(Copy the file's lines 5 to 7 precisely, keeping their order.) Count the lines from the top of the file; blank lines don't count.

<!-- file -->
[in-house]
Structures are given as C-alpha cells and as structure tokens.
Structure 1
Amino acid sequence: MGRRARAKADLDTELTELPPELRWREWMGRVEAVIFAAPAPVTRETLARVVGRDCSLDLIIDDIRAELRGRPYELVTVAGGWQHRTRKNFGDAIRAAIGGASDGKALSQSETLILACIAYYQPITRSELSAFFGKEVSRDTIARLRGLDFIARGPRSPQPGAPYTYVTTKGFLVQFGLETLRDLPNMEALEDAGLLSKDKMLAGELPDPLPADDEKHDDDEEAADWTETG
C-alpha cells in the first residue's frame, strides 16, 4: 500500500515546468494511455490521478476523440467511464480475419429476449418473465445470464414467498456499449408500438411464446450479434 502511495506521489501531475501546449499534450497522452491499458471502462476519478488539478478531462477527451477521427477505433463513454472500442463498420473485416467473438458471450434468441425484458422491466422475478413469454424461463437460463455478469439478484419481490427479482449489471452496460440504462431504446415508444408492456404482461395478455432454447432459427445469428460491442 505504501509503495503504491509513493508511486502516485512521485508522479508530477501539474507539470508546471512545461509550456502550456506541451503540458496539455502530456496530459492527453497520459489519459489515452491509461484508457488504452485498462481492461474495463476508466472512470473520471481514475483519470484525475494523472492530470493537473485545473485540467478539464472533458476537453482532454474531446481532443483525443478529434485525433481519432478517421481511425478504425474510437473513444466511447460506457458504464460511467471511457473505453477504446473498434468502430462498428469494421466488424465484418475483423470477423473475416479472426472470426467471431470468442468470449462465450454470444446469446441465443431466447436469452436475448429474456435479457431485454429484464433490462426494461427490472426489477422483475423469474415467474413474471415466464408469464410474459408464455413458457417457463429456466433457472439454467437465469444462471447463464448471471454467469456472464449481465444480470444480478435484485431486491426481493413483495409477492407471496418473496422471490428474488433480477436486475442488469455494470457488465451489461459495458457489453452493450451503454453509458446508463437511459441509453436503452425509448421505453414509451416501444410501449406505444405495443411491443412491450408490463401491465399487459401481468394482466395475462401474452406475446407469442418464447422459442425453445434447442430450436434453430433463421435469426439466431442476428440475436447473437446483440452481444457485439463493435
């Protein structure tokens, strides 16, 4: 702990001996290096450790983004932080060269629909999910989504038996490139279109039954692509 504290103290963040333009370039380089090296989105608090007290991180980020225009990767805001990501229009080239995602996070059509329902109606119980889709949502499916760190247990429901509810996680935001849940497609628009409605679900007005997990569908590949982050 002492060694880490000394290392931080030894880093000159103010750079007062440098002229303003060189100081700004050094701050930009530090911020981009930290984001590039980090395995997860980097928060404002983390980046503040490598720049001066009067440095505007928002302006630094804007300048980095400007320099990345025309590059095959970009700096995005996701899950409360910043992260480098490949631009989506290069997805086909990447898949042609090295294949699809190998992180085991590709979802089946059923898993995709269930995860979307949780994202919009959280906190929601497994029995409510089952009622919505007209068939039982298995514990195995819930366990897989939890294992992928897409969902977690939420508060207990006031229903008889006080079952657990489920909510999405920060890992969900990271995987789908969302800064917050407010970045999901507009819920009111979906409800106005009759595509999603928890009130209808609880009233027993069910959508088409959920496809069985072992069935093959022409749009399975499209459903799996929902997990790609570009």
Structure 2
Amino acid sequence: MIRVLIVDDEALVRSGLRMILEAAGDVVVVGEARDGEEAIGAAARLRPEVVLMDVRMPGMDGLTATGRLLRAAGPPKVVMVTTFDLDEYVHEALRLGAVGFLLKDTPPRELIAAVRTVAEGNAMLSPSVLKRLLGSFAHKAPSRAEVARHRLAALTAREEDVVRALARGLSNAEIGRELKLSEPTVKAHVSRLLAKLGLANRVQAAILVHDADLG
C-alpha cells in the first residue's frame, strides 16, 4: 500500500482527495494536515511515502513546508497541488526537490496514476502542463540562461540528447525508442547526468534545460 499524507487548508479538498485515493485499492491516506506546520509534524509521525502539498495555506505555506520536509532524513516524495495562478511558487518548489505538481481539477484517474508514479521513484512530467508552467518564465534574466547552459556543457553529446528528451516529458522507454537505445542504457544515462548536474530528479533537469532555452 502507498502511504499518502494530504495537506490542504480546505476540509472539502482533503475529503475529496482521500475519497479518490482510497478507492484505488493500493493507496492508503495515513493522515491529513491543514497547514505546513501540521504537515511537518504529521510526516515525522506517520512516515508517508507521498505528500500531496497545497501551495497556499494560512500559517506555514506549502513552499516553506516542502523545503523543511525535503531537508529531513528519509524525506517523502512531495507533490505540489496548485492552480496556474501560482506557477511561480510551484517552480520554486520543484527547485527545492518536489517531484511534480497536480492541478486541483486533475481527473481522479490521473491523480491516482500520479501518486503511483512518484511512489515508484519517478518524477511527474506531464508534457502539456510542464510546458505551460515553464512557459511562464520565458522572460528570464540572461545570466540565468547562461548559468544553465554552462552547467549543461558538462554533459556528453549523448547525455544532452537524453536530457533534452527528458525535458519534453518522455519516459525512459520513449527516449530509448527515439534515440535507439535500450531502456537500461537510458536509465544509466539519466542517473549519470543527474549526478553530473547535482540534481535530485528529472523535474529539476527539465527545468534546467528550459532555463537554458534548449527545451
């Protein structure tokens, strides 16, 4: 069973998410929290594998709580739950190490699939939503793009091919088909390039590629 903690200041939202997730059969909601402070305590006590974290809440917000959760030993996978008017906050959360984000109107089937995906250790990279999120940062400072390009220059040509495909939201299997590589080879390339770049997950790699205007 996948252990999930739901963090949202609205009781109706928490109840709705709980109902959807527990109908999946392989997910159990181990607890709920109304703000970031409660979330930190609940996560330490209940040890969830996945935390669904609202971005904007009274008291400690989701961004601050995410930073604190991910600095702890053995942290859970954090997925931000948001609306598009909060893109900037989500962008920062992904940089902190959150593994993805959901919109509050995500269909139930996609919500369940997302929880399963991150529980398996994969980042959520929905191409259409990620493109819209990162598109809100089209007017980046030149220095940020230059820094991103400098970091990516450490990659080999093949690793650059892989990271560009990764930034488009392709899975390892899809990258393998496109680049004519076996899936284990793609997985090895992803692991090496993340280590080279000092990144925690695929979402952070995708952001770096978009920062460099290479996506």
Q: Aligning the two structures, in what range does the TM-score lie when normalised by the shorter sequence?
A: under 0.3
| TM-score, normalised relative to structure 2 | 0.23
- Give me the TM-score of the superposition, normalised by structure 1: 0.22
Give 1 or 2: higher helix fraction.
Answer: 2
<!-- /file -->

C-alpha cells in the first residue's frame, strides 16, 4: 500500500515546468494511455490521478476523440467511464480475419429476449418473465445470464414467498456499449408500438411464446450479434 502511495506521489501531475501546449499534450497522452491499458471502462476519478488539478478531462477527451477521427477505433463513454472500442463498420473485416467473438458471450434468441425484458422491466422475478413469454424461463437460463455478469439478484419481490427479482449489471452496460440504462431504446415508444408492456404482461395478455432454447432459427445469428460491442 505504501509503495503504491509513493508511486502516485512521485508522479508530477501539474507539470508546471512545461509550456502550456506541451503540458496539455502530456496530459492527453497520459489519459489515452491509461484508457488504452485498462481492461474495463476508466472512470473520471481514475483519470484525475494523472492530470493537473485545473485540467478539464472533458476537453482532454474531446481532443483525443478529434485525433481519432478517421481511425478504425474510437473513444466511447460506457458504464460511467471511457473505453477504446473498434468502430462498428469494421466488424465484418475483423470477423473475416479472426472470426467471431470468442468470449462465450454470444446469446441465443431466447436469452436475448429474456435479457431485454429484464433490462426494461427490472426489477422483475423469474415467474413474471415466464408469464410474459408464455413458457417457463429456466433457472439454467437465469444462471447463464448471471454467469456472464449481465444480470444480478435484485431486491426481493413483495409477492407471496418473496422471490428474488433480477436486475442488469455494470457488465451489461459495458457489453452493450451503454453509458446508463437511459441509453436503452425509448421505453414509451416501444410501449406505444405495443411491443412491450408490463401491465399487459401481468394482466395475462401474452406475446407469442418464447422459442425453445434447442430450436434453430433463421435469426439466431442476428440475436447473437446483440452481444457485439463493435
């Protein structure tokens, strides 16, 4: 702990001996290096450790983004932080060269629909999910989504038996490139279109039954692509 504290103290963040333009370039380089090296989105608090007290991180980020225009990767805001990501229009080239995602996070059509329902109606119980889709949502499916760190247990429901509810996680935001849940497609628009409605679900007005997990569908590949982050 002492060694880490000394290392931080030894880093000159103010750079007062440098002229303003060189100081700004050094701050930009530090911020981009930290984001590039980090395995997860980097928060404002983390980046503040490598720049001066009067440095505007928002302006630094804007300048980095400007320099990345025309590059095959970009700096995005996701899950409360910043992260480098490949631009989506290069997805086909990447898949042609090295294949699809190998992180085991590709979802089946059923898993995709269930995860979307949780994202919009959280906190929601497994029995409510089952009622919505007209068939039982298995514990195995819930366990897989939890294992992928897409969902977690939420508060207990006031229903008889006080079952657990489920909510999405920060890992969900990271995987789908969302800064917050407010970045999901507009819920009111979906409800106005009759595509999603928890009130209808609880009233027993069910959508088409959920496809069985072992069935093959022409749009399975499209459903799996929902997990790609570009």
Structure 2